A Tale Of Two Mobile Devices: Madison Ave. Begins Segmenting Tablets Vs. Smartphones

If the last several years have been the “year of mobile,” 2013 is proving to be the year the ad industry is finally figuring out how to use it -- and as it turns out, it’s not one medium at all. In what may be the first research to benchmark how advertisers and agencies are integrating personal mobile devices into their overall strategic planning, a benchmark study from Advertiser Perceptions Inc. indicates the ad industry has begun dividing the way it uses -- and allocates budgets to -- mobile into two categories based on device type: tablets and smartphones. And while smartphones currently represent the dominant share (58%) of advertising budgets going to mobile, the amount of advertising allocated to tablet devices is projected to expand at a faster rate and should reach parity within the next couple of years.



The reason, says API President Randy Cohen, is because of the different ways advertisers plan to use tablets vs. smartphones to market to consumers.

“The tablet is the part people see growing more for a number of reasons,” he explains, noting: “It obviously affects the old print companies that are moving more stuff to tablets.” As a result, Cohen says ad executives see tablets more as an extension of conventional “engagement” based advertising, while smartphones are perceived more as “digital data-driven” experiences that are more suitable for “performance” marketing.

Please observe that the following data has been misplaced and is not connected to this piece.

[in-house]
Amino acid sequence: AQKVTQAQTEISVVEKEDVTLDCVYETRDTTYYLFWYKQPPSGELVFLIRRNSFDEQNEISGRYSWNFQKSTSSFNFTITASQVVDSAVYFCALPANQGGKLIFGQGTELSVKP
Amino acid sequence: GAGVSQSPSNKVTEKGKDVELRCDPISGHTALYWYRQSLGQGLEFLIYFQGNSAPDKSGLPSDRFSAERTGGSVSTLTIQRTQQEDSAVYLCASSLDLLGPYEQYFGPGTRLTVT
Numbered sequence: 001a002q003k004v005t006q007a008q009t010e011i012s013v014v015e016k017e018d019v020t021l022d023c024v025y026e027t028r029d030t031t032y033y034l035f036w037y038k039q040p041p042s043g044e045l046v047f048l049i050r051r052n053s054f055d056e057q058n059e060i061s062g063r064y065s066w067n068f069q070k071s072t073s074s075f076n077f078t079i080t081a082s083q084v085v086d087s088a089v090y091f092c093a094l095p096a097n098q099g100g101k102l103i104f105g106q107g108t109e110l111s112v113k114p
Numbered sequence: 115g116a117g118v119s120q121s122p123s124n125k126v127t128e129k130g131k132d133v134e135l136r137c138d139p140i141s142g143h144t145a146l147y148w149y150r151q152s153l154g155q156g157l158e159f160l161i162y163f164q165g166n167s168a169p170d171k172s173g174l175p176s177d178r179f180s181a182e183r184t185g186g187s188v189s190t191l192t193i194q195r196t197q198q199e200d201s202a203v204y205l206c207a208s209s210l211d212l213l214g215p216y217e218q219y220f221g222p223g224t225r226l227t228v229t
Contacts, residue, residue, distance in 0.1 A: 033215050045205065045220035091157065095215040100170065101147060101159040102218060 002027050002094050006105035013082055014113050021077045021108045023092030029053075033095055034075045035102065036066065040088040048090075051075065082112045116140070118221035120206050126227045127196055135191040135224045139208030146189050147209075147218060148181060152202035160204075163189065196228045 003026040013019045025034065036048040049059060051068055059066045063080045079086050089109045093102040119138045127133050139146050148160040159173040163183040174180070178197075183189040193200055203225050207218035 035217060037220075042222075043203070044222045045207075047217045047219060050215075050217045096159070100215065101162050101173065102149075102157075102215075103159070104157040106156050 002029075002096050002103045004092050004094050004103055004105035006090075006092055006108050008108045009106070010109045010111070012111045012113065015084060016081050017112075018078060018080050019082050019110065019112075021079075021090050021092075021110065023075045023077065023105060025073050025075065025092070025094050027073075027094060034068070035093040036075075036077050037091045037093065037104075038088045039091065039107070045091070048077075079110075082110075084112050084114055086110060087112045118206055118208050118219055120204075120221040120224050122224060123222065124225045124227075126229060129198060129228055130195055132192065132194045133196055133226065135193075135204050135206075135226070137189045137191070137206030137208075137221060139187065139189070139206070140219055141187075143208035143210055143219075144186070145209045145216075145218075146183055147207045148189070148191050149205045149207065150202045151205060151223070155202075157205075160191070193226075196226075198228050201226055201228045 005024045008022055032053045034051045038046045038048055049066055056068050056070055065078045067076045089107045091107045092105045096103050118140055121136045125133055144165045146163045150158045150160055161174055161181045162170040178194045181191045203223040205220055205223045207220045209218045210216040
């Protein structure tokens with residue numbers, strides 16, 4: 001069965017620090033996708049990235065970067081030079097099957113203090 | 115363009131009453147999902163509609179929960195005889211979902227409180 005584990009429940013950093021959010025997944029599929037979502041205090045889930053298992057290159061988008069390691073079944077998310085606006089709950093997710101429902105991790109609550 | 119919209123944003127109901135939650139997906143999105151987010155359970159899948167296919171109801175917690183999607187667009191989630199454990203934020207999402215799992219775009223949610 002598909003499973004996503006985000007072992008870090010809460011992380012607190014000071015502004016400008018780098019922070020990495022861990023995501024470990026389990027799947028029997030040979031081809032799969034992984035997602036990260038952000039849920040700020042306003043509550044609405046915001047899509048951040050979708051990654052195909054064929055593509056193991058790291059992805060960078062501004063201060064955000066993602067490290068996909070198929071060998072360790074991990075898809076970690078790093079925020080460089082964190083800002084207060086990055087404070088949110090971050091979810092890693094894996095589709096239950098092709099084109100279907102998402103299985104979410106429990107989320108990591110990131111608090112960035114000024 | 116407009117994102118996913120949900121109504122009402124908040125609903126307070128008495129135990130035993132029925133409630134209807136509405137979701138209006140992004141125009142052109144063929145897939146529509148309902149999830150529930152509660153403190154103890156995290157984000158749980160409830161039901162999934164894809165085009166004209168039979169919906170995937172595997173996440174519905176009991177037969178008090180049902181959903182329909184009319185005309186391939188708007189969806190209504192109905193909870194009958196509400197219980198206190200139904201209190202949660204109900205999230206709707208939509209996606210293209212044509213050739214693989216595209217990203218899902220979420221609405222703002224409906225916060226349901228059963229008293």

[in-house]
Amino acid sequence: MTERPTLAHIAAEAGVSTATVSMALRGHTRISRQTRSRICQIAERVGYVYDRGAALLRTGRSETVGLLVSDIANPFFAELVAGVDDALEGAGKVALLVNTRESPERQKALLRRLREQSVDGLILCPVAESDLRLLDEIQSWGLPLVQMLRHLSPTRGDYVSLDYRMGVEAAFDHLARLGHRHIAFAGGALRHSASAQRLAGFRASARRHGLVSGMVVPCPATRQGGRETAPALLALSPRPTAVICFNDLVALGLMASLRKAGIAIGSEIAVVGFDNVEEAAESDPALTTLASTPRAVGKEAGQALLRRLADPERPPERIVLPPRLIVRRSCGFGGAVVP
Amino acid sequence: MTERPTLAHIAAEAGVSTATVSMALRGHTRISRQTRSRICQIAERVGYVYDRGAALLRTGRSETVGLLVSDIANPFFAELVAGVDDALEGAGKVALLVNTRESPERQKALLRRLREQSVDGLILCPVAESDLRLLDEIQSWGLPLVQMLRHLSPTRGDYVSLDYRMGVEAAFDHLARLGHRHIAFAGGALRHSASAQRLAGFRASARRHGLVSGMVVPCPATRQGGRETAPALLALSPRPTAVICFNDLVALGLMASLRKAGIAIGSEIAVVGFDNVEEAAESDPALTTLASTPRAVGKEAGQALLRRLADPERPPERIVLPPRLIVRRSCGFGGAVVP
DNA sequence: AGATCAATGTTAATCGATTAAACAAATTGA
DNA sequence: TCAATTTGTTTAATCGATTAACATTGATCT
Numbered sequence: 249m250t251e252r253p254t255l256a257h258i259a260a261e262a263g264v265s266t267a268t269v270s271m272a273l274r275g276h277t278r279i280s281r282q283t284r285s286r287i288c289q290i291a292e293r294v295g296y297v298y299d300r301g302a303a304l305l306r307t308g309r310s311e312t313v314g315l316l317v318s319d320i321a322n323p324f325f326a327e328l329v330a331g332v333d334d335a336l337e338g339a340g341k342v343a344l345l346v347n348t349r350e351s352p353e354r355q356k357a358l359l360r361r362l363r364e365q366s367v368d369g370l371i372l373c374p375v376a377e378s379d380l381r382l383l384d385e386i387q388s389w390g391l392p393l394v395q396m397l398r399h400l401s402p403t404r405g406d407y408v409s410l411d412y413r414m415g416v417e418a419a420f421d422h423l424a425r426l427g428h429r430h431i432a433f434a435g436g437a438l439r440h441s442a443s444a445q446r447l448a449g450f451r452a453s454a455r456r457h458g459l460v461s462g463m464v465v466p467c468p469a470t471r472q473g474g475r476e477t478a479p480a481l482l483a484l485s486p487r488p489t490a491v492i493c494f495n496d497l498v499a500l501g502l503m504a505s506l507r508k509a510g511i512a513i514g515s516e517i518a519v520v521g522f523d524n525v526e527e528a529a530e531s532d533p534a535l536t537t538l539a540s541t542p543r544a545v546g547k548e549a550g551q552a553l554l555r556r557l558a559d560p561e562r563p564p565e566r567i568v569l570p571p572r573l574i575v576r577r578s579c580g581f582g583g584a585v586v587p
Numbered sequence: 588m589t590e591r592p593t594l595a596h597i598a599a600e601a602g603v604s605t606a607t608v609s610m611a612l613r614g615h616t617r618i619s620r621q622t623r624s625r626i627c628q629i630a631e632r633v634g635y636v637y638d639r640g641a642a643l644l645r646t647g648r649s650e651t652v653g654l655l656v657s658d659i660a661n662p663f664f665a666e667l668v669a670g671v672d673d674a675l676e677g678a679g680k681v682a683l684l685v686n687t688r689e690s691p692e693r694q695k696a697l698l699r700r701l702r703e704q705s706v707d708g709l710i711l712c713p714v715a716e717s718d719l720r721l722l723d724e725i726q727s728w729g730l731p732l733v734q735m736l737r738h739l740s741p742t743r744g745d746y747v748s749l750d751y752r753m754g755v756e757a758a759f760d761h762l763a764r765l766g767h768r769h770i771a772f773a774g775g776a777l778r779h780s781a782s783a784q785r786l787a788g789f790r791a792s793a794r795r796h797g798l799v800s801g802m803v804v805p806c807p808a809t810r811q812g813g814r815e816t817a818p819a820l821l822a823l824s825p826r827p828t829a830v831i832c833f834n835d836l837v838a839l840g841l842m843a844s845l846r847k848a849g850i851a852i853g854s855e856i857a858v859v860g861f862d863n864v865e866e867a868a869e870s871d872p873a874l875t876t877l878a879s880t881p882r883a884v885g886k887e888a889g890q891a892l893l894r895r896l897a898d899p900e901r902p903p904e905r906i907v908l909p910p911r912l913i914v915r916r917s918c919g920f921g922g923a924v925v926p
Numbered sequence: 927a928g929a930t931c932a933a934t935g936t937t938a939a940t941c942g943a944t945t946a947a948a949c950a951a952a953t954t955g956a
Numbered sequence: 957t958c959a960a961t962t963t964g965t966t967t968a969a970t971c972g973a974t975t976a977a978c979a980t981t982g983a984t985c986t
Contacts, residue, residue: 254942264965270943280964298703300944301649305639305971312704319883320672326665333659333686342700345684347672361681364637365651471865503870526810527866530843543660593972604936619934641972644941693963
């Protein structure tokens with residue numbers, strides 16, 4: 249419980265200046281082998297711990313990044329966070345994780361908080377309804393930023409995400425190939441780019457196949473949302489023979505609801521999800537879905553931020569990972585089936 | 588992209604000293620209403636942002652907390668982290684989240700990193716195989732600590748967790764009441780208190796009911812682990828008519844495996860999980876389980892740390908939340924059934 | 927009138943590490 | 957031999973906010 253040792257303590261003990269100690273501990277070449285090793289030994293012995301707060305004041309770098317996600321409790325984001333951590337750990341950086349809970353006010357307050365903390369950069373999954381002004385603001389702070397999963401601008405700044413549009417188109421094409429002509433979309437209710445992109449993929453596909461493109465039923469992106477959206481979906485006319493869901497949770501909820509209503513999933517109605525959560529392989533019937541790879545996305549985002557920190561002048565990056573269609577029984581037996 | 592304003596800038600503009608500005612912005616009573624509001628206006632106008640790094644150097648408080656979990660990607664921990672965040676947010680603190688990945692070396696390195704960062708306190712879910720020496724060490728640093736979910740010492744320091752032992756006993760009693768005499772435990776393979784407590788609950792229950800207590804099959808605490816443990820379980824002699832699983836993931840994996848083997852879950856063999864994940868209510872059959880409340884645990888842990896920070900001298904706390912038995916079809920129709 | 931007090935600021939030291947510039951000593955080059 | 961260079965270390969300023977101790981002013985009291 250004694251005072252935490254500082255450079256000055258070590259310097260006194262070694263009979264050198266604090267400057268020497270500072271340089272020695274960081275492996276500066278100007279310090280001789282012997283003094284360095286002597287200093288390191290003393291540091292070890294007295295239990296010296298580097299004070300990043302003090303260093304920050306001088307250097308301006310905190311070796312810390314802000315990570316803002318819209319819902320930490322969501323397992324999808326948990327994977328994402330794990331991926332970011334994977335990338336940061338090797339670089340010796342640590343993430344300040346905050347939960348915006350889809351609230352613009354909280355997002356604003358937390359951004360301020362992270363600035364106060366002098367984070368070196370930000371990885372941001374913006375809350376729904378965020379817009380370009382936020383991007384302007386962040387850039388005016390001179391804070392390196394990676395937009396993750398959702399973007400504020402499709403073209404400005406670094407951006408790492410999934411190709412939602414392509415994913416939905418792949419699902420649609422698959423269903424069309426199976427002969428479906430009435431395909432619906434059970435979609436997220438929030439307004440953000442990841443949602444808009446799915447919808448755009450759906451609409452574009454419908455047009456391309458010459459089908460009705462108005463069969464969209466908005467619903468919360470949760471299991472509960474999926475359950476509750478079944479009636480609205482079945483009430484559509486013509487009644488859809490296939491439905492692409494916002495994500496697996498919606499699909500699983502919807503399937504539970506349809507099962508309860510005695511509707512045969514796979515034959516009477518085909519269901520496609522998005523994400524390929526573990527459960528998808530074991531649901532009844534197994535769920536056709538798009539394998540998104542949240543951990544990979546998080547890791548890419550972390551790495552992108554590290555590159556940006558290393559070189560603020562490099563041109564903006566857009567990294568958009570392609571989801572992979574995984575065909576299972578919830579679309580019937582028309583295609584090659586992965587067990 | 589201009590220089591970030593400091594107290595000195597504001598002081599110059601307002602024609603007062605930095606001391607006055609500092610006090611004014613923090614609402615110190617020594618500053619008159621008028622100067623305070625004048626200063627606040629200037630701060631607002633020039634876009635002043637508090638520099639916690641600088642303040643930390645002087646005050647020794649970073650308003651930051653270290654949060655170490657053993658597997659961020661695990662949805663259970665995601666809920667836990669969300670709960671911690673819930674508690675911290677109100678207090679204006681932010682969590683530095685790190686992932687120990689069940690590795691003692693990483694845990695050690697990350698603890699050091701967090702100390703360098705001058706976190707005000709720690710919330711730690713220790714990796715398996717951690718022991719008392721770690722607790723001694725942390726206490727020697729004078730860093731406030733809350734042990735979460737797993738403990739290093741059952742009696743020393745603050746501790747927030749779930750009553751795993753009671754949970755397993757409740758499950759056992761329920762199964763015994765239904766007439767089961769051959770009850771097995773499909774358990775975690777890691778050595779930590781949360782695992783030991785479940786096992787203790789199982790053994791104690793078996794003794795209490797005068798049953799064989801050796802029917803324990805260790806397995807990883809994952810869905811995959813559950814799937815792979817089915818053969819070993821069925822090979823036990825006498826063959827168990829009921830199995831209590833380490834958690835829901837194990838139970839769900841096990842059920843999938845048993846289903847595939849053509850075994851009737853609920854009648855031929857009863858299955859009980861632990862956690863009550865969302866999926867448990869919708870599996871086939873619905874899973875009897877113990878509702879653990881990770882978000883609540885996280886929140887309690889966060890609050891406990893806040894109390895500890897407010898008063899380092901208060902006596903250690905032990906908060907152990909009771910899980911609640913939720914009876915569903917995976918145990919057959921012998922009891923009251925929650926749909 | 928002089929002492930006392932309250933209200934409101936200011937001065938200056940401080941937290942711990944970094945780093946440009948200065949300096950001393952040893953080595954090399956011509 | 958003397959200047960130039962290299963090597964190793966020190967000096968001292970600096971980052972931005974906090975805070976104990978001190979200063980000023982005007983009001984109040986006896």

Those perceptions aren’t just impacting the types of campaigns marketers and agencies are developing for personal mobile devices, but how they are budgeting them. According to the ad executives, while smartphone ad budgets are being funded out of “digital” budgets, tablets are drawing either from “traditional” media budgets such as magazines and television, or are incremental.

The data also reveals that unlike earlier digital media like search (where Google drove ad innovation), or social (where Facebook and Twitter are driving innovation), ad executives don’t yet perceive any media entity yet to be a market “leader” in developing the mobile marketplace.

“It’s certainly not the mobile ad nets or content sites,” says Cohen, adding: “Advertisers don’t see them as being leaders in the space.” Some of the companies that ad execs see as potential leaders include Amazon, Pandora and YouTube --   but right now, according to Cohen, the mobile advertising marketplace is still looking for leaders that can drive innovation and help organize it from a marketing perspective.

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